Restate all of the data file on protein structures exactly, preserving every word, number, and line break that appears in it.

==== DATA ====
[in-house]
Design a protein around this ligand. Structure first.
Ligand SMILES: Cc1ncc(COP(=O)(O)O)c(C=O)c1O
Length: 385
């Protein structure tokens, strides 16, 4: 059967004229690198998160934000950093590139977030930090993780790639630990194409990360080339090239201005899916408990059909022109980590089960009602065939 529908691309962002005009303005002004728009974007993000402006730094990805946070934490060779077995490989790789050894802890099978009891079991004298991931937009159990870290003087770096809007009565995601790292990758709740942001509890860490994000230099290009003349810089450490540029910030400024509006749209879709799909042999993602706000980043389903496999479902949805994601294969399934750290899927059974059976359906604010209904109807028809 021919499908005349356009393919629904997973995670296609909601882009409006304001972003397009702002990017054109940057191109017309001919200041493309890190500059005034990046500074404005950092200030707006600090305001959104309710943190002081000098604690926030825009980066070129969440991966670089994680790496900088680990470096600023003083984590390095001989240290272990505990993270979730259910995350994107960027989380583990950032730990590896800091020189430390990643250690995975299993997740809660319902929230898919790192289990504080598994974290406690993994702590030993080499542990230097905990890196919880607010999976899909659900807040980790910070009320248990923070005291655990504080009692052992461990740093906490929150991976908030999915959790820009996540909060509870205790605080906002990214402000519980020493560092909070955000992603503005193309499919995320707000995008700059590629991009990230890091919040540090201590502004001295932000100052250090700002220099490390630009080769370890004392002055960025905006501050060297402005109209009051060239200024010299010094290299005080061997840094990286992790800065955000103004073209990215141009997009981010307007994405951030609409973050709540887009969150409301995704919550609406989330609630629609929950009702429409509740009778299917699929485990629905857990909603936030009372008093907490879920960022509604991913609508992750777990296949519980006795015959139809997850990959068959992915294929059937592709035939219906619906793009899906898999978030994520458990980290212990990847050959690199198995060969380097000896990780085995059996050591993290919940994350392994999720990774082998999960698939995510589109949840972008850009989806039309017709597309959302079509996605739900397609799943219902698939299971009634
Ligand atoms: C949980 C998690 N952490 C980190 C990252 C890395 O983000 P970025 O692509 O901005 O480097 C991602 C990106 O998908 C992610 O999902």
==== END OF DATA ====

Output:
[in-house]
Design a protein around this ligand. Structure first.
Ligand SMILES: Cc1ncc(COP(=O)(O)O)c(C=O)c1O
Length: 385
């Protein structure tokens, strides 16, 4: 059967004229690198998160934000950093590139977030930090993780790639630990194409990360080339090239201005899916408990059909022109980590089960009602065939 529908691309962002005009303005002004728009974007993000402006730094990805946070934490060779077995490989790789050894802890099978009891079991004298991931937009159990870290003087770096809007009565995601790292990758709740942001509890860490994000230099290009003349810089450490540029910030400024509006749209879709799909042999993602706000980043389903496999479902949805994601294969399934750290899927059974059976359906604010209904109807028809 021919499908005349356009393919629904997973995670296609909601882009409006304001972003397009702002990017054109940057191109017309001919200041493309890190500059005034990046500074404005950092200030707006600090305001959104309710943190002081000098604690926030825009980066070129969440991966670089994680790496900088680990470096600023003083984590390095001989240290272990505990993270979730259910995350994107960027989380583990950032730990590896800091020189430390990643250690995975299993997740809660319902929230898919790192289990504080598994974290406690993994702590030993080499542990230097905990890196919880607010999976899909659900807040980790910070009320248990923070005291655990504080009692052992461990740093906490929150991976908030999915959790820009996540909060509870205790605080906002990214402000519980020493560092909070955000992603503005193309499919995320707000995008700059590629991009990230890091919040540090201590502004001295932000100052250090700002220099490390630009080769370890004392002055960025905006501050060297402005109209009051060239200024010299010094290299005080061997840094990286992790800065955000103004073209990215141009997009981010307007994405951030609409973050709540887009969150409301995704919550609406989330609630629609929950009702429409509740009778299917699929485990629905857990909603936030009372008093907490879920960022509604991913609508992750777990296949519980006795015959139809997850990959068959992915294929059937592709035939219906619906793009899906898999978030994520458990980290212990990847050959690199198995060969380097000896990780085995059996050591993290919940994350392994999720990774082998999960698939995510589109949840972008850009989806039309017709597309959302079509996605739900397609799943219902698939299971009634
Ligand atoms: C949980 C998690 N952490 C980190 C990252 C890395 O983000 P970025 O692509 O901005 O480097 C991602 C990106 O998908 C992610 O999902």